It’s true that Sparta was opening the show for Alice In Chains and Velvet Revolver last Friday, but I think my mind went in reverse for this show. We caught the first half of Alice in Chains and missed out on all of Velvet Revolver. We got in there just in time for Sparta to take the stage, though.
Actually, RadioZoom was slated to have yet another interview with the band[RZ#118, RZ#130], this time with Keeley and Tony. Sadly, and you can read Rebecca’s post about the whole night, it just didn’t work out. This was night number one of being on this tour with VR, taking them around various parts of North America.
Combine the working out the kinks and a big arena show, it wasn’t the strongest performance I’ve seen from Sparta. Don’t get me wrong, they played really well, and the last few songs all seemed uber tight and rocking. I chalk it up to first show jitters. The quarter full Pacific Colosseum received them very, very well.
As an extra mention, Alice In Chains, believe it or not, were pretty amazing. I was a total, non-believer of them going back out on the road without Layne Staley[wiki]. At the same time, we have to be honest to ourselves and understand that Layne is gone forever, so that this would happen isn’t all too surprising. You can’t expect it to be the same or as good as it ever was, so the show must go on, right?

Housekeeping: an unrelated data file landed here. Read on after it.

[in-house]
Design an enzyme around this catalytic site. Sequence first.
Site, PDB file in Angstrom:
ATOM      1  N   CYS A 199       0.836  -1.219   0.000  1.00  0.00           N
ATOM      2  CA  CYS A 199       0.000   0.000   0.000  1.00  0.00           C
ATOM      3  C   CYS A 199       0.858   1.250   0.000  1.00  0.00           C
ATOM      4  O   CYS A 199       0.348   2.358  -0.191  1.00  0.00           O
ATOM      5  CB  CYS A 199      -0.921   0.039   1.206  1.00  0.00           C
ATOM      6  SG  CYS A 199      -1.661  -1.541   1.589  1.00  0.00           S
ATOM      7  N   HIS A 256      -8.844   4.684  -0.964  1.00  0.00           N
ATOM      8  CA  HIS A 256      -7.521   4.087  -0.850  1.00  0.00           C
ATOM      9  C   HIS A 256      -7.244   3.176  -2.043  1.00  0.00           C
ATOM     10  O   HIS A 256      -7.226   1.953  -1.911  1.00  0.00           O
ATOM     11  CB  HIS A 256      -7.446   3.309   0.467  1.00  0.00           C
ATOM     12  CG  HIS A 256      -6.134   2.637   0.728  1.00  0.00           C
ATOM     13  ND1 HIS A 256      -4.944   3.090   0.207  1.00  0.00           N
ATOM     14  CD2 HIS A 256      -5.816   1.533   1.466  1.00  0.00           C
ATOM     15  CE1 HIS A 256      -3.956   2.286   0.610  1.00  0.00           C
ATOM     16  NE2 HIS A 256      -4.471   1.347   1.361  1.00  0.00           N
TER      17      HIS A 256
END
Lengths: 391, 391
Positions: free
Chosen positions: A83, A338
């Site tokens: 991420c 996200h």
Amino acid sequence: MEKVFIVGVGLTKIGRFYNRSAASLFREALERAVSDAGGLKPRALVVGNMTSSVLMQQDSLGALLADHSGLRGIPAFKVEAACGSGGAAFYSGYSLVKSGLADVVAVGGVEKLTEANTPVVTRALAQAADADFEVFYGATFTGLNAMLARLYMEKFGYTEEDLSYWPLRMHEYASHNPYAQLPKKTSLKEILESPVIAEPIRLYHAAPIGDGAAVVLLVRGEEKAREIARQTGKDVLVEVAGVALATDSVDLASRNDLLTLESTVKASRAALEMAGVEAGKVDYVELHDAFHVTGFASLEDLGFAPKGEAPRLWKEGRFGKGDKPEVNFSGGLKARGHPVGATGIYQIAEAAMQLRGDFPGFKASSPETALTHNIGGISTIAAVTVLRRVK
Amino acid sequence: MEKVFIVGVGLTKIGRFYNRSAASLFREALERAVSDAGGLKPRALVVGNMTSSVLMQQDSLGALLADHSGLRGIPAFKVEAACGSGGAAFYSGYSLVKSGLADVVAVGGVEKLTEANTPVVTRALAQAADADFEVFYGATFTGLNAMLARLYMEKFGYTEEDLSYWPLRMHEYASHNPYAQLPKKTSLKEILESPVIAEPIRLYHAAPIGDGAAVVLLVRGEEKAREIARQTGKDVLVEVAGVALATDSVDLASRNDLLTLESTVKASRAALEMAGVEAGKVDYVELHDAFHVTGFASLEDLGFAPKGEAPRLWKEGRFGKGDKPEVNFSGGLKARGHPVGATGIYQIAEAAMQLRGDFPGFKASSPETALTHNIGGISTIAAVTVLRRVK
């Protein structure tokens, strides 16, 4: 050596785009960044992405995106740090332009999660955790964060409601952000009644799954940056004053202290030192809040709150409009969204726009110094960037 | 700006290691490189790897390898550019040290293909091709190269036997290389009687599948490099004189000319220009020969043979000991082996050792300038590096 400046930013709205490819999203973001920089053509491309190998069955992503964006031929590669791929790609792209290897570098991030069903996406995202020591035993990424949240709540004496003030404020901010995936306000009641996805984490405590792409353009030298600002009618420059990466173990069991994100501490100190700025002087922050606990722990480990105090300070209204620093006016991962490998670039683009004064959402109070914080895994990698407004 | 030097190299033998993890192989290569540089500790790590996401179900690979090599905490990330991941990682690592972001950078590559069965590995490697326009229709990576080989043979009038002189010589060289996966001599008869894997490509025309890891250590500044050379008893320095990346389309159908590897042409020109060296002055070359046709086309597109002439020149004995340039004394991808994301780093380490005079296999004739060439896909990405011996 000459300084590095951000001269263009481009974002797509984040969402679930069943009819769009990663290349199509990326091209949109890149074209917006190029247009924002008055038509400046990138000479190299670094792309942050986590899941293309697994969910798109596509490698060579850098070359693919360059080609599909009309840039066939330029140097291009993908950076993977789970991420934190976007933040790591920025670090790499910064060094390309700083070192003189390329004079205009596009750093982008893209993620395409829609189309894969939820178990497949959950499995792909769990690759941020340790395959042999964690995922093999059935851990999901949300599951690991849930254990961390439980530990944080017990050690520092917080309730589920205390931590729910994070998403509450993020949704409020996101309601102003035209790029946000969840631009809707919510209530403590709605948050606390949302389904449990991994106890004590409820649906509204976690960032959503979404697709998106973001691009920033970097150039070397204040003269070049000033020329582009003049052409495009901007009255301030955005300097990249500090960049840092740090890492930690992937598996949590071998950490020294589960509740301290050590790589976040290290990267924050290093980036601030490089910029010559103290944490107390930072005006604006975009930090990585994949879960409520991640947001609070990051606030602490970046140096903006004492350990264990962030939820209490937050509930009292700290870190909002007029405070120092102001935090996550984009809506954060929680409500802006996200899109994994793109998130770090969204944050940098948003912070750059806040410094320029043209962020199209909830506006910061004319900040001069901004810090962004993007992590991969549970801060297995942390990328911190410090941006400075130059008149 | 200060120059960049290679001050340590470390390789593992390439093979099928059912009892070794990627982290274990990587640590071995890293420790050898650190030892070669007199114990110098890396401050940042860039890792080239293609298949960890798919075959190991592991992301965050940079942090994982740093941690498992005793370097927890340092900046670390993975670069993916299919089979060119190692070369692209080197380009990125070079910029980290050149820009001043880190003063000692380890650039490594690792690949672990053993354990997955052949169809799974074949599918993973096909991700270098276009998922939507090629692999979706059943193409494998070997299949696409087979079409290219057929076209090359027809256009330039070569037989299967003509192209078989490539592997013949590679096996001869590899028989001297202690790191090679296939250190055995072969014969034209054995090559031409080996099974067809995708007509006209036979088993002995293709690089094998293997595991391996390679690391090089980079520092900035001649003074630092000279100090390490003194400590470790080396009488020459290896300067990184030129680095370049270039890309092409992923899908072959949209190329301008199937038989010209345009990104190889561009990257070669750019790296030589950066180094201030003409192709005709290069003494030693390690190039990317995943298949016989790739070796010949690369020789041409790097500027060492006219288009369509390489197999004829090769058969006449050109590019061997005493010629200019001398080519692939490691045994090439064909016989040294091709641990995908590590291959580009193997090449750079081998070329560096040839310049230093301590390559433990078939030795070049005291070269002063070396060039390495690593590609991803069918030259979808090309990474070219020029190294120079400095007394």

Photo credit: Jenya Campbell on Flickr
Well holy crap, was I ever blown away. William DuVall[wiki] actually works. The guy has a voice that fits with Alice In Chains, and stage presence never hurts. Even though he has big shoes to fill, I think he is doing a hell of a job making a mark for himself. When they opened up with Again and then busted into Grind right after that, I looked at Rebecca and asked, “Remember when we were sixteen?” To me, that means something. I wanted to keep hearing them rock out and relive my glory days in the nineties, but I had a job to do.
As a side note, I can also say that I’ve seen Jerry Cantrell[wiki] play. Maybe not one of the biggest guitar gods in the world, but a prominent person, to me, in rock and roll history when it comes to the heyday of the Seattle grunge scene. He’s really skinny, too.